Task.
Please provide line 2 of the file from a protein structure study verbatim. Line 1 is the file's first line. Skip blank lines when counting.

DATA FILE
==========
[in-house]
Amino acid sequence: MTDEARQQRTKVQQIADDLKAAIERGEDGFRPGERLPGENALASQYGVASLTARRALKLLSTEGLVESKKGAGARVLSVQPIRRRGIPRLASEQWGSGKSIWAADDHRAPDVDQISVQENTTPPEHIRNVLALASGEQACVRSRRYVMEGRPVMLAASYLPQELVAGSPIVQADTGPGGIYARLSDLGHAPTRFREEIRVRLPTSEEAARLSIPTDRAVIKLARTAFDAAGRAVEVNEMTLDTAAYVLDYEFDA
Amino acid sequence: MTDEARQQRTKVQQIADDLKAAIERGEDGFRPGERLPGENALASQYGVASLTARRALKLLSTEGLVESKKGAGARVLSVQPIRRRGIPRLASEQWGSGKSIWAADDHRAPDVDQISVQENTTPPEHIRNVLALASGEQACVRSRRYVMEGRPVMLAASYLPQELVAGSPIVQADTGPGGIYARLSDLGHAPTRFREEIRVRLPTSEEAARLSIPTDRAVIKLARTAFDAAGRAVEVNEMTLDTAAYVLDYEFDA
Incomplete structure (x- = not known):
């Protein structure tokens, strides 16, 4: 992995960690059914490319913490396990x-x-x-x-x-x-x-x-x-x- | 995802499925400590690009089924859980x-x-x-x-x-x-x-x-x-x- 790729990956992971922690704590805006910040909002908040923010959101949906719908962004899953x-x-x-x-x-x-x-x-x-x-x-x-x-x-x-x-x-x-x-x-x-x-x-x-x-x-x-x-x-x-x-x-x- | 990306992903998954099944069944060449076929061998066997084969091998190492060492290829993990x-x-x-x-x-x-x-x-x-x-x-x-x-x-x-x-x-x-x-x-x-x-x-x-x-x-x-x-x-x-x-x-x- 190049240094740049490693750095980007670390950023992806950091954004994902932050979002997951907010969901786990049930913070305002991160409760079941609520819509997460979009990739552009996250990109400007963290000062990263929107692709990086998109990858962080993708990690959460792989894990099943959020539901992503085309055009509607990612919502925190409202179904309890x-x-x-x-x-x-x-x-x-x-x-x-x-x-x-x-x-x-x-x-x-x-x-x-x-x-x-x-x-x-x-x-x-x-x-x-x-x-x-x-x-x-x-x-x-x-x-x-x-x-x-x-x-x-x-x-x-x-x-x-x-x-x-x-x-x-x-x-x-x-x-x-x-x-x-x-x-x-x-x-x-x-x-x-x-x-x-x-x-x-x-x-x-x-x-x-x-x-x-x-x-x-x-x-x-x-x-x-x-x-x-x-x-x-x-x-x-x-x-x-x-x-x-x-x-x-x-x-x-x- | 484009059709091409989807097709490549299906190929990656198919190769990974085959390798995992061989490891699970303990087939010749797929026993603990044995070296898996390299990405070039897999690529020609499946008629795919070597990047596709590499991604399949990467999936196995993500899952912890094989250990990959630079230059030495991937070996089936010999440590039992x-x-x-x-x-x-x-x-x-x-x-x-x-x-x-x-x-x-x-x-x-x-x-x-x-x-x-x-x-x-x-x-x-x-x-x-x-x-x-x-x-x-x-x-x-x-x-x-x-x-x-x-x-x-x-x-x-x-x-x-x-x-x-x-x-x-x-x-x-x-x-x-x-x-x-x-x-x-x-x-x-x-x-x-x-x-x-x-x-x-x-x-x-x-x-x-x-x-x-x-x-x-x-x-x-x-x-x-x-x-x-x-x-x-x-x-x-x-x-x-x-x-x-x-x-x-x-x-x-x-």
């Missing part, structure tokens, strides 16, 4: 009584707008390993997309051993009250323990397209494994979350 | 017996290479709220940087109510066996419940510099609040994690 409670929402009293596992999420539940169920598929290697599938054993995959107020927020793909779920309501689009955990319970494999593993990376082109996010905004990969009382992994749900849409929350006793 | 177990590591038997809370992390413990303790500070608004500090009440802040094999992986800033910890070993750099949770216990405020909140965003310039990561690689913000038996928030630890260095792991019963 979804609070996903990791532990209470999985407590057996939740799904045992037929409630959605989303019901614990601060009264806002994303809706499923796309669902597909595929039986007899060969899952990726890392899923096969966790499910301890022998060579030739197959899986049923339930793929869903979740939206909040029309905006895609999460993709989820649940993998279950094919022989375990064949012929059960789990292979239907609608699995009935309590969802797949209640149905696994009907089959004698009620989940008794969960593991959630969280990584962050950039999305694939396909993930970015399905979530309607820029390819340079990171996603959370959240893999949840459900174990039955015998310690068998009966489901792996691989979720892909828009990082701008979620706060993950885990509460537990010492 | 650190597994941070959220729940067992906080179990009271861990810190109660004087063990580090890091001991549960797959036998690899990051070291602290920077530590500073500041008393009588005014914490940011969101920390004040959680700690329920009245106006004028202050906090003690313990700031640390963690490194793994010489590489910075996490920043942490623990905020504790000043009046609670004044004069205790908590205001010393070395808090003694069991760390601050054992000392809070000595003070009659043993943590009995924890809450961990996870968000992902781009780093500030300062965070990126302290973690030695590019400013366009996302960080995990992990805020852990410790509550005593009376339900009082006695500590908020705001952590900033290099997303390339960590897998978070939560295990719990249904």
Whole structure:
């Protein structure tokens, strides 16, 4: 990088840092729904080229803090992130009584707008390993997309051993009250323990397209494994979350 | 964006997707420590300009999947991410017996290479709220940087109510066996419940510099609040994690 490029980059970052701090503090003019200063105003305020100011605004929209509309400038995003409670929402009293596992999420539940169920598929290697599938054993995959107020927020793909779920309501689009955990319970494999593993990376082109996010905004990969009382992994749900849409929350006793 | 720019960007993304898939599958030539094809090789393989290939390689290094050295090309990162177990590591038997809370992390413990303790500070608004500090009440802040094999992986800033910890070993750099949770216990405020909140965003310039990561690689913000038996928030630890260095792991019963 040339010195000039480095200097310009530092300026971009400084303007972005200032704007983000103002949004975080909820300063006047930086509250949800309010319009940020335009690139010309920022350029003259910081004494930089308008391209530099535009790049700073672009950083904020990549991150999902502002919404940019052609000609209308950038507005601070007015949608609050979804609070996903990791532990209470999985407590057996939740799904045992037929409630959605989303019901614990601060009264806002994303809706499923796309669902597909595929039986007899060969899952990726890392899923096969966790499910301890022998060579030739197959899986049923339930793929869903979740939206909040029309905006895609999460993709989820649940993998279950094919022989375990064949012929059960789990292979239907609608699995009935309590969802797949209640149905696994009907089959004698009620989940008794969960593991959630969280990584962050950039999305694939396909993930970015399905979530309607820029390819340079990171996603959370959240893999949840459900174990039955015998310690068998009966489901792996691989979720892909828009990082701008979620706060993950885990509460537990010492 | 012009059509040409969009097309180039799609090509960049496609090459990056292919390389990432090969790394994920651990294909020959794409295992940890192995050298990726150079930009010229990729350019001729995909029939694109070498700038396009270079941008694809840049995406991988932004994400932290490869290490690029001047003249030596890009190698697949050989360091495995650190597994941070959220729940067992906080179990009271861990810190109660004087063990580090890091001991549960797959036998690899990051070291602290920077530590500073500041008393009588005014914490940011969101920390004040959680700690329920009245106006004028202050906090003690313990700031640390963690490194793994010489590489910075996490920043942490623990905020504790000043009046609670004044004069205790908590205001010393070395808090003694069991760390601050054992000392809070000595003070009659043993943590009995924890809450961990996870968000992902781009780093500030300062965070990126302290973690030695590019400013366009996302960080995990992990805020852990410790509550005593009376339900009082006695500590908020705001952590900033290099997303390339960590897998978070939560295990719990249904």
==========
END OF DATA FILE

Amino acid sequence: MTDEARQQRTKVQQIADDLKAAIERGEDGFRPGERLPGENALASQYGVASLTARRALKLLSTEGLVESKKGAGARVLSVQPIRRRGIPRLASEQWGSGKSIWAADDHRAPDVDQISVQENTTPPEHIRNVLALASGEQACVRSRRYVMEGRPVMLAASYLPQELVAGSPIVQADTGPGGIYARLSDLGHAPTRFREEIRVRLPTSEEAARLSIPTDRAVIKLARTAFDAAGRAVEVNEMTLDTAAYVLDYEFDA